The climate screens – facades, gables and roofs – are normally made of steel sheets, tin, wood, bamboo, rush, palm fronds and supplemented with poetic features, such as the widespread miniature Buddhist prayer niches suspended from ceiling and wall constructions. Also, rows of sparkling TV sets and cabinets, chaotic electrical outlets, antennae, satellite dishes, generators, fans and mobile phones, lest anyone forget that these are modern-day dwellings.
And, not least, the wonderful bridges/walkways/stepping surfaces in wood, bamboo and steel leading from house to house or to land and, always, linked up with ramps and steps leading to the water surface of the river, lake or sea itself.
From here, the individual household’s fleet of motor, rowing and sailing boats, variants of fishing vessels, kayaks and canoes that take the residents to work, into the city, to market, to school, to preschool, to the doctor or simply out for a cup of coffee in the daily engagement with the outside world. Mekong boats have beautifully painted eyes to ward off evil spirits and ensure safe navigation.

The facades of the water dwellings are often constructed to allow the wind to pass through and commonly feature different types of latticework, slats and rush walls that make everyday life more comfortable when day-time and night-time temperatures can vary by as much as 25–40 degrees Celsius. In several of the anthropological interviews, locals underscore the benefits of this feature, which the Dungs, a family of boat engineers, describe succinctly: ‘To us, the most important benefit of living on the water is that it’s pleasantly cool to sleep in the house on the water, thanks to the wind on the Mekong River.’

One-third of the water dwellings are estimated to have toilets/septic tanks, while the remaining two-thirds dump their waste directly into the water underneath the houses. This is an obvious health hazard, as water from the river is also used for bathing, laundry and cooking. Hence, it would be a key issue to address to promote construction principles with improved environmental and health properties.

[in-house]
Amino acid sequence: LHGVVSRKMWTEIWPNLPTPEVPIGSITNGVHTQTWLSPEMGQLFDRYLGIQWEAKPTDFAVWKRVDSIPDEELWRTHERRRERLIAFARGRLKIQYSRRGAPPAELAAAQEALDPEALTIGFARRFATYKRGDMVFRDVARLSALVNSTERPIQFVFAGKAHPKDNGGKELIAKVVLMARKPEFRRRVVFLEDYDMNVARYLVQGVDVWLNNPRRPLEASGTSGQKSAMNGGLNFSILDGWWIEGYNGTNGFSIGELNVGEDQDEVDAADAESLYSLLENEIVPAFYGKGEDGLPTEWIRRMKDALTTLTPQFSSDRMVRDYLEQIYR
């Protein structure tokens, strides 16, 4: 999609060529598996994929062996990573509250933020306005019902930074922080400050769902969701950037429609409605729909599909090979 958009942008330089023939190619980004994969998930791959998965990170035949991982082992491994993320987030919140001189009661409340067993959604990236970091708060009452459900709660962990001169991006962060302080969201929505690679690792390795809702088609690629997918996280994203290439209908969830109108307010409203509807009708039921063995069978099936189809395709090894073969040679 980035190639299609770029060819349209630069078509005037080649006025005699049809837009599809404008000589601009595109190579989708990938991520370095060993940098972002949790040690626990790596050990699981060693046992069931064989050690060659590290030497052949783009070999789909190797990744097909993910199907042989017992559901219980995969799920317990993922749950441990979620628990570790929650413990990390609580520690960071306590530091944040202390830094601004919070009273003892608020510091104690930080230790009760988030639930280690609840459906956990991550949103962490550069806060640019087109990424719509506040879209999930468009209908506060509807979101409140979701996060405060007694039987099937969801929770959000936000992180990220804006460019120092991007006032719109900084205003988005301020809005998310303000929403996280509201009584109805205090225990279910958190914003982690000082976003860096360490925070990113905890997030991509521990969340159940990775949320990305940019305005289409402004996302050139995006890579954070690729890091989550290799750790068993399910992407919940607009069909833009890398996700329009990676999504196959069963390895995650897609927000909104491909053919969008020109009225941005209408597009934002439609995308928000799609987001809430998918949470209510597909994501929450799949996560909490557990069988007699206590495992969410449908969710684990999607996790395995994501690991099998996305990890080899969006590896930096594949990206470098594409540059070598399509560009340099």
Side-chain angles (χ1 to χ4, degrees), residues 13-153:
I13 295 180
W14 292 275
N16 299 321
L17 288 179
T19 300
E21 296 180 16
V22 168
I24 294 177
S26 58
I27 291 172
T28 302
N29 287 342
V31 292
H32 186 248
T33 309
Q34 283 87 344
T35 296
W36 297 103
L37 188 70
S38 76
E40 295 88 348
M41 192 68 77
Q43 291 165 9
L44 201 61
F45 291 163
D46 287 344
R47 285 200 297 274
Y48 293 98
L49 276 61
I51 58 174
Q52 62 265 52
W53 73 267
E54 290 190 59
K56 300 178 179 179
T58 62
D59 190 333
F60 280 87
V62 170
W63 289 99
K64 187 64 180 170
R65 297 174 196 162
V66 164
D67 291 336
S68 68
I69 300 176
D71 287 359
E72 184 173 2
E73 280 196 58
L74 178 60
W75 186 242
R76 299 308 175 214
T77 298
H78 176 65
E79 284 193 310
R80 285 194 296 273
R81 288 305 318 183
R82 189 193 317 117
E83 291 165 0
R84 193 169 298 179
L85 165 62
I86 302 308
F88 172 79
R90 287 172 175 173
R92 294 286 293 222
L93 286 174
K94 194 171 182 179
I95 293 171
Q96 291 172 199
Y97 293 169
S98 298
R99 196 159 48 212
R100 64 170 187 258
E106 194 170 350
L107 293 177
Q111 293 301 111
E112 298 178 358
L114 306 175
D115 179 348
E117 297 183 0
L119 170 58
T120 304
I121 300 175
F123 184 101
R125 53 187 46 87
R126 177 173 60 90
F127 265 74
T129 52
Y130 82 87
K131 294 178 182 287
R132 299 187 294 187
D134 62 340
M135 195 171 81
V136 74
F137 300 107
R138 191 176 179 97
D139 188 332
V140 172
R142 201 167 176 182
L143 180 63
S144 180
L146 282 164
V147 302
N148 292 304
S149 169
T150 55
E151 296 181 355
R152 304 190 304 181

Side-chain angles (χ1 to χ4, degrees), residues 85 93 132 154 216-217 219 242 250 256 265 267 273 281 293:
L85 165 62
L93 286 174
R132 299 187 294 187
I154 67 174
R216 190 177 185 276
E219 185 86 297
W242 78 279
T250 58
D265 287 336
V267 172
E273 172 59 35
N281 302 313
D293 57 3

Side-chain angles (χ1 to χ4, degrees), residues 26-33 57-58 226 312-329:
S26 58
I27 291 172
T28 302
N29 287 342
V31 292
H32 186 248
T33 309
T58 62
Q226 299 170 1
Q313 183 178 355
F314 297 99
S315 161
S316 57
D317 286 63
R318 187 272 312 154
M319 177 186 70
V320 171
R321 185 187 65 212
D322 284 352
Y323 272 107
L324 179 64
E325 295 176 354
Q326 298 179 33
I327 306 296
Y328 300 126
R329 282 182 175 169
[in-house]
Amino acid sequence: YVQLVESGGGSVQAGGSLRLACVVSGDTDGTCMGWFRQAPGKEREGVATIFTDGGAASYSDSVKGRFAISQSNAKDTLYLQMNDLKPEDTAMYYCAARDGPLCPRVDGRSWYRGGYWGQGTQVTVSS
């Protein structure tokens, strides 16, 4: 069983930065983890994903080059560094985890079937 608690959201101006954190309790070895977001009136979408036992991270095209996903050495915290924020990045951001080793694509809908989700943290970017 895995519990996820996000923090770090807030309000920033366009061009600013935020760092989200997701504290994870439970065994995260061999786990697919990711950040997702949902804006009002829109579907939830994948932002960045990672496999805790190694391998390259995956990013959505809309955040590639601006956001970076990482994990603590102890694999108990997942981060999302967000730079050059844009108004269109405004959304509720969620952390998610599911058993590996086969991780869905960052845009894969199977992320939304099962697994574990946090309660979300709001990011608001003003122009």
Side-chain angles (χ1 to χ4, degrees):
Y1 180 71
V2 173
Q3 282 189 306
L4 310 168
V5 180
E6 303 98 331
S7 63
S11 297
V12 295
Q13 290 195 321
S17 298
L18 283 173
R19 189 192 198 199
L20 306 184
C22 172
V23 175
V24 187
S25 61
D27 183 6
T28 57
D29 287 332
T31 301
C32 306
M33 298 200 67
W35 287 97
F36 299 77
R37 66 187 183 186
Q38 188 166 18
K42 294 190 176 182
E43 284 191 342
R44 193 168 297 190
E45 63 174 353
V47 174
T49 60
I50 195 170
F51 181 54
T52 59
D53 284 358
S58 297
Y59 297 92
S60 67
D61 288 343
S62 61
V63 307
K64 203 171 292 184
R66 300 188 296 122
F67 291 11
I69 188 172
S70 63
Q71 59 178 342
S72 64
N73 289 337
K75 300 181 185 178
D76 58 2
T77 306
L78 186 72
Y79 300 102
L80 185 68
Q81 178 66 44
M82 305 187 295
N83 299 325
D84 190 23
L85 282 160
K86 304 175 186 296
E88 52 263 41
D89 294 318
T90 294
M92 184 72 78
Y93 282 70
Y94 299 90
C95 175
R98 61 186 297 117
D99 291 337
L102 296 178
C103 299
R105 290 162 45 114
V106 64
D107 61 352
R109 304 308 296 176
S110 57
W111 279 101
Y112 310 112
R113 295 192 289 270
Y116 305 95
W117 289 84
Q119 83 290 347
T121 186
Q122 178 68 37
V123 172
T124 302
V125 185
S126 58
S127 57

The stilt houses of Chau Doc in Cambodia’s border region are up to four storeys high and contain intense concentrations of the above-mentioned parameters, not least the water dwellings’ structural strength and tectonics, which are pushed to their limits here with regard to density and the performance of the simple houses. And not without reason, as these Piranesian motifs are not far from one of the primary water sources of the Mekong River, the biggest freshwater lake in South East Asia, where the summer monsoon expands the lake to cover an area that is six times bigger than it is during the dry season.

Asian water dwellings normally open up to boats/vessels passing by on the rivers, tributaries, canals and coastal waterways in order to utilize the potential for trade. All the waterways have intensive boat traffic, mimicking the millions of scooters and other vehicles on the roads. In the region’s renowned floating markets, goods are bought and sold or bartered directly from the boats, which have regular trading spots on the busiest river junctions.

In addition, the water dwellings are home to numerous domestic animals, including dogs, cats, chickens and fish with the DNA for rapid growth, the latter bred to be sold in local floating markets or in the nearest urban centre, where classic market streets offer supplemental venues for trade.

Overall, the structures and materials are simple, but composed in unusually intricate combinations, with the water as the setting for human life. The universal attraction of the water therefore seems obvious to bring up.